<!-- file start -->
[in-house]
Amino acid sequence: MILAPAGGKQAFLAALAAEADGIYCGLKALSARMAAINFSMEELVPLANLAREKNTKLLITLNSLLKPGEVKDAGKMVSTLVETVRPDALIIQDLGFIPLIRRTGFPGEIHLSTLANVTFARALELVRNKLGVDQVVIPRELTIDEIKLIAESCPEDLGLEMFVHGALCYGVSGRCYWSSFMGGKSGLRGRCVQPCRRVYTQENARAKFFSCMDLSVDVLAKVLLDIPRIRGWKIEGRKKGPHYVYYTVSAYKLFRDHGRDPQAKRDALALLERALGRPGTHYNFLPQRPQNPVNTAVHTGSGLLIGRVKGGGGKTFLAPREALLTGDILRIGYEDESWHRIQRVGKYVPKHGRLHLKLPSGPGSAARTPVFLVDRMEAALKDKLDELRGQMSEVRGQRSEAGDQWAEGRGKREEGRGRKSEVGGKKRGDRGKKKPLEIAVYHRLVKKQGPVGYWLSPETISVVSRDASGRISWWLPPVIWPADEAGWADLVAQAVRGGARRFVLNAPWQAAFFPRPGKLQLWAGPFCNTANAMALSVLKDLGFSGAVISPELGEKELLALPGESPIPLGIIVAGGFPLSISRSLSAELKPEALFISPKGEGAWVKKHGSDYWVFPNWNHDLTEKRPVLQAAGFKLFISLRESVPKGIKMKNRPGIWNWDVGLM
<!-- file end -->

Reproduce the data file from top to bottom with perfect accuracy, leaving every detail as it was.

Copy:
[in-house]
Amino acid sequence: MILAPAGGKQAFLAALAAEADGIYCGLKALSARMAAINFSMEELVPLANLAREKNTKLLITLNSLLKPGEVKDAGKMVSTLVETVRPDALIIQDLGFIPLIRRTGFPGEIHLSTLANVTFARALELVRNKLGVDQVVIPRELTIDEIKLIAESCPEDLGLEMFVHGALCYGVSGRCYWSSFMGGKSGLRGRCVQPCRRVYTQENARAKFFSCMDLSVDVLAKVLLDIPRIRGWKIEGRKKGPHYVYYTVSAYKLFRDHGRDPQAKRDALALLERALGRPGTHYNFLPQRPQNPVNTAVHTGSGLLIGRVKGGGGKTFLAPREALLTGDILRIGYEDESWHRIQRVGKYVPKHGRLHLKLPSGPGSAARTPVFLVDRMEAALKDKLDELRGQMSEVRGQRSEAGDQWAEGRGKREEGRGRKSEVGGKKRGDRGKKKPLEIAVYHRLVKKQGPVGYWLSPETISVVSRDASGRISWWLPPVIWPADEAGWADLVAQAVRGGARRFVLNAPWQAAFFPRPGKLQLWAGPFCNTANAMALSVLKDLGFSGAVISPELGEKELLALPGESPIPLGIIVAGGFPLSISRSLSAELKPEALFISPKGEGAWVKKHGSDYWVFPNWNHDLTEKRPVLQAAGFKLFISLRESVPKGIKMKNRPGIWNWDVGLM